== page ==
Neoliberalism, geopolitics and ideology: The taming of Giorgia Meloni

Italian Prime Minister Giorgia Meloni speaks during a press conference in Tunis, Tunisia on June 06, 2023 [Tunisian Presidency/Anadolu Agency]

Europe keeps reminding us that geopolitical interests often trump ideology. European politics is the prime example of how states and political parties are willing to ditch their ideological foundations to hold on to power, even if briefly.

The unmistakable political shift of attitude by Italian Prime Minister Giorgia Meloni and her Fratelli d’Italia party is the latest evidence that European politicians use ideology merely as a tool to get to the top. Once in power, though, they are governed by the same neoliberal policies that control the rest of Europe.

This assertion applies equally to the Right and the Left. For example, in 2015, Greece’s Radical Left-Progressive Alliance shocked the world by winning nearly half of the seats in parliament. It was a success story that invigorated the Left everywhere.

For years, Alexis Tsipras, the leader of the once small radical left party Syriza raged against the neoliberal policies of Europe, blaming it for much of the financial crisis in 2008. Once in power, however, Tsipras’s leftist ideology began shifting, whether by choice or under pressure. At the end of his term, in 2019, the new icon of the European Left contributed to the very undoing of any leftist resurgence in Europe, as the Greek economy fell hostage to powerful European governments and multinational corporations.

That “pragmatism” which tamed Syriza, turning it into yet another mainstream European political party, is at work in Italy today. The irony is that Meloni’s Fratelli d’Italia — “Brothers of Italy” — has occupied the seat of power in Rome from the extreme political Right, not the Left. Meloni became Italy’s Prime Minister in October last year. Her party won the largest share of seats in parliament, but could only rule through a coalition comprising equally or even more extreme right-wing parties, Silvio Berlusconi’s Forza Italia and Matteo Salvini’s Lega.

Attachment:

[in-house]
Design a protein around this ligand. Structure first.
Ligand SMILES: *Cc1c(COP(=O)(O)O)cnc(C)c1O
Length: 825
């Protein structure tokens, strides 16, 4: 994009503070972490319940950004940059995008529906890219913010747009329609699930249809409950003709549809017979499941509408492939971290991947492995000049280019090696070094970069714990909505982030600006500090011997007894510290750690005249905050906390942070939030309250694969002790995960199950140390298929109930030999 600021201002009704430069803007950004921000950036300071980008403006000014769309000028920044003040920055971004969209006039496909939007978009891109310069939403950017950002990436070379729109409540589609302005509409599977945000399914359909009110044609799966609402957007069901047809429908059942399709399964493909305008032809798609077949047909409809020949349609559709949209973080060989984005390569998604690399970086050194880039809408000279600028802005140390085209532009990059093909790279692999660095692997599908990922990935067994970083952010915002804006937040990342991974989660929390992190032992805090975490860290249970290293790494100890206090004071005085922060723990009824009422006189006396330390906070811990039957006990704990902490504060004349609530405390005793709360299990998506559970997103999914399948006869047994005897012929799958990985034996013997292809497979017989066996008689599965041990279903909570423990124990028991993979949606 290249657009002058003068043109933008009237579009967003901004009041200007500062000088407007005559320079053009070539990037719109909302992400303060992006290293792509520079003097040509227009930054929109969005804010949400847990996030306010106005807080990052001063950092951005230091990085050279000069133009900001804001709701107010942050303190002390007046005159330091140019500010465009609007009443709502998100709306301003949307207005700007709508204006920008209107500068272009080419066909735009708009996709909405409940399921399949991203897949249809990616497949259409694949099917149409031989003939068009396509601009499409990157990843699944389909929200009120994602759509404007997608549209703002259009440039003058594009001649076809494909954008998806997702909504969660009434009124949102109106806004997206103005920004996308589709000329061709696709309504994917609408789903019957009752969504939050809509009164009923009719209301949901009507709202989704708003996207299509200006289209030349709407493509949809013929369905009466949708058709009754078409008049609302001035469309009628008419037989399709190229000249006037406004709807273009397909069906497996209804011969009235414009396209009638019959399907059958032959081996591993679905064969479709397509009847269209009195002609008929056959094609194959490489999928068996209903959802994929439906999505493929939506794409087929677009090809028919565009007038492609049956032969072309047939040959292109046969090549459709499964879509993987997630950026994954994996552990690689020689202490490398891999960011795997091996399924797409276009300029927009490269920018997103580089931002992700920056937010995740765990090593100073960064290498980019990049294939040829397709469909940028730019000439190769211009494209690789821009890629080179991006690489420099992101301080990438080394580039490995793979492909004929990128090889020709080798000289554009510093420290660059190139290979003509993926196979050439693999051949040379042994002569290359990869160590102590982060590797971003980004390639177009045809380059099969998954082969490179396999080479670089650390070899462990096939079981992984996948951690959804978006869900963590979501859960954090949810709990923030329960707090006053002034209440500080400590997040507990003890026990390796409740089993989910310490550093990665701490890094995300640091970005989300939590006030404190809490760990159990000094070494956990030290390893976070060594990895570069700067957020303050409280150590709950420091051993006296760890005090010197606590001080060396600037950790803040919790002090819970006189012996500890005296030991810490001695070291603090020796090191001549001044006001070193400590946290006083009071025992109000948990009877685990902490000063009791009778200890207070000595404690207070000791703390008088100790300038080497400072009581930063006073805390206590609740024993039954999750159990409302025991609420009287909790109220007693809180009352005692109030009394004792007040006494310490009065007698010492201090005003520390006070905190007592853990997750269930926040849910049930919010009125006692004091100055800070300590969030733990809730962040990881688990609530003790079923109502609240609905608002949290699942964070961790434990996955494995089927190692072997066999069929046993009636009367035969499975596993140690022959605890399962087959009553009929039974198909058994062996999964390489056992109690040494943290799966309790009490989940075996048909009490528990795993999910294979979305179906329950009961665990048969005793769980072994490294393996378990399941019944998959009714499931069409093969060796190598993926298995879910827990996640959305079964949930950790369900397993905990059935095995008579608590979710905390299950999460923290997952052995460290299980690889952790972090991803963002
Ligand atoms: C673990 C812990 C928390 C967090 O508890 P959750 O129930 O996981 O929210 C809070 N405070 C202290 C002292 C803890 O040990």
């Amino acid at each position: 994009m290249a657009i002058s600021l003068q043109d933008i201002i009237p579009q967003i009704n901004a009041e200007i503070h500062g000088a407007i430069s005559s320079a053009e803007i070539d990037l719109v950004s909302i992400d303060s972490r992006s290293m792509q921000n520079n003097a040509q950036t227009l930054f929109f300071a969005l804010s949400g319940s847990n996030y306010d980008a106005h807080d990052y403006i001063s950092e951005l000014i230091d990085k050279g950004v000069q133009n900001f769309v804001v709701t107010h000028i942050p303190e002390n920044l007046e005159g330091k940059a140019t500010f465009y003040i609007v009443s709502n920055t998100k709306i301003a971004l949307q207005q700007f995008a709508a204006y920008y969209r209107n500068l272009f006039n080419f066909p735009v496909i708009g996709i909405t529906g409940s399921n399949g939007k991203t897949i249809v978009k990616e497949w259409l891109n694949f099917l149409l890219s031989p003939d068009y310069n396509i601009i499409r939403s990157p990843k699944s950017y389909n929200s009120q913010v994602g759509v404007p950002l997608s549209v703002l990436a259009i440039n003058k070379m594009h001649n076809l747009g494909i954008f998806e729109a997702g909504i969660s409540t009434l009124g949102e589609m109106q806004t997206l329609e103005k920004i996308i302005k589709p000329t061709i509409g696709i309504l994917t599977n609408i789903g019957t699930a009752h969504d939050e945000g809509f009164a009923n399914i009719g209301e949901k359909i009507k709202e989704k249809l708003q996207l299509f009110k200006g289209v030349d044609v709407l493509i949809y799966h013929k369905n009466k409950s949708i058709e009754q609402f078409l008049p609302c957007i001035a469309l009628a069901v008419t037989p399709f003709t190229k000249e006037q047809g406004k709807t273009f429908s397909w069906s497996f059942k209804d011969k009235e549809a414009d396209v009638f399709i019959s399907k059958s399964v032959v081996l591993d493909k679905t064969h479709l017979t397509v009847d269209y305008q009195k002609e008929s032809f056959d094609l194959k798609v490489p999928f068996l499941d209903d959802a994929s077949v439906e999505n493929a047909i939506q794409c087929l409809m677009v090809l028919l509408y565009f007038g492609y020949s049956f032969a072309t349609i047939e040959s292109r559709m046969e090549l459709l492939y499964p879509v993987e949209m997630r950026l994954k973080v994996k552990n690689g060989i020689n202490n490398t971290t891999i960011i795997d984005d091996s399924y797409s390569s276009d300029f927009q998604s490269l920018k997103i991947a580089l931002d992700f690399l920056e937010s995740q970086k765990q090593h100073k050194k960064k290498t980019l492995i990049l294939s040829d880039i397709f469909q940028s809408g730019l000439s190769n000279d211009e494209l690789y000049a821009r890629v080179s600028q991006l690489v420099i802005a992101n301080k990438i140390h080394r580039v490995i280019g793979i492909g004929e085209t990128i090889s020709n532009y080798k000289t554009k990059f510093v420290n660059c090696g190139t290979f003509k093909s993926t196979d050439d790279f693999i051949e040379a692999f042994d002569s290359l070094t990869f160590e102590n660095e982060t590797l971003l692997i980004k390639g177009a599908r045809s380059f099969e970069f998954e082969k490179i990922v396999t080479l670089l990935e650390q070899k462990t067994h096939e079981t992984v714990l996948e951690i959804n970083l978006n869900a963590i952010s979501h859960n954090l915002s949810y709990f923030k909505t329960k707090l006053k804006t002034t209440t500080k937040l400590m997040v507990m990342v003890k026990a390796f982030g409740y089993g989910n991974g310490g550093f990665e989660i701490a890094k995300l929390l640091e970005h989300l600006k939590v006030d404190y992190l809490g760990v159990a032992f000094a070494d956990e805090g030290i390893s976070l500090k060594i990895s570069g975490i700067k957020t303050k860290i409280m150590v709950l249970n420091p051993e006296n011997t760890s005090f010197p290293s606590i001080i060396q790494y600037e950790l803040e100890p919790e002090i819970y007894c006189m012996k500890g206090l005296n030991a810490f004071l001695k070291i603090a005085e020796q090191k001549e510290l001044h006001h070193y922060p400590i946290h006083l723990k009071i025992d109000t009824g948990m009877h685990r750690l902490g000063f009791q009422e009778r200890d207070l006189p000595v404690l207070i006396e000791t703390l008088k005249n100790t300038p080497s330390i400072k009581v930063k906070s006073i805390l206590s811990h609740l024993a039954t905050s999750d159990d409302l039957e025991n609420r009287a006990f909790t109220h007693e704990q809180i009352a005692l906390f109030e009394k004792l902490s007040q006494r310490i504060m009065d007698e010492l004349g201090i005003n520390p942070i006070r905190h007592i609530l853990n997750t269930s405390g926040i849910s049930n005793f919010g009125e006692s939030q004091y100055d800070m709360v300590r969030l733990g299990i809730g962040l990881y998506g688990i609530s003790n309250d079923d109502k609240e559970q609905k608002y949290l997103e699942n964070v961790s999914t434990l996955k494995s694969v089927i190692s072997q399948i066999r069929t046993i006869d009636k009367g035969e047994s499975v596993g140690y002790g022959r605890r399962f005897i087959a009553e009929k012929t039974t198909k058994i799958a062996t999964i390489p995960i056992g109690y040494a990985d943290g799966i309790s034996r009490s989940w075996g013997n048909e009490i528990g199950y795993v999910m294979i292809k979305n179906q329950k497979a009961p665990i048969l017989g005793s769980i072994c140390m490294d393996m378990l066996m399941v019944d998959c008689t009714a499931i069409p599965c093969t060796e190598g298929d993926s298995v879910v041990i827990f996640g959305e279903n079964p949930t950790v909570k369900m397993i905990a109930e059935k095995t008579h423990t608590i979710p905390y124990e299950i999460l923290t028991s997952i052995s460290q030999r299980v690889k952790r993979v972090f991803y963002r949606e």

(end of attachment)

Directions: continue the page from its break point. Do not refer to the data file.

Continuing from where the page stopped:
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Although far-right political tendencies have been growing across much of Europe in recent years, Meloni’s government was the starkest and most alarming manifestation of this phenomenon. Soon after forming her government, Meloni’s rhetoric intensified, suggesting a serious departure from mainstream European political discourse. This was exemplified in a fiery speech in November, in which she shocked us all by attacking France’s exploitation of African resources, people and financial institutions. Her words were so blistering that many on the Left nodded in agreement. Posing as the alternative to France’s unfair trade and economic practices, Meloni flew to Algeria in January to sign a landmark gas deal.

Today, as the US-led economic war on China continues to intensify, Italy finds itself in a difficult position, one that cannot be resolved through hardened far-right ideology or angry rhetoric. It must now choose between the US and China.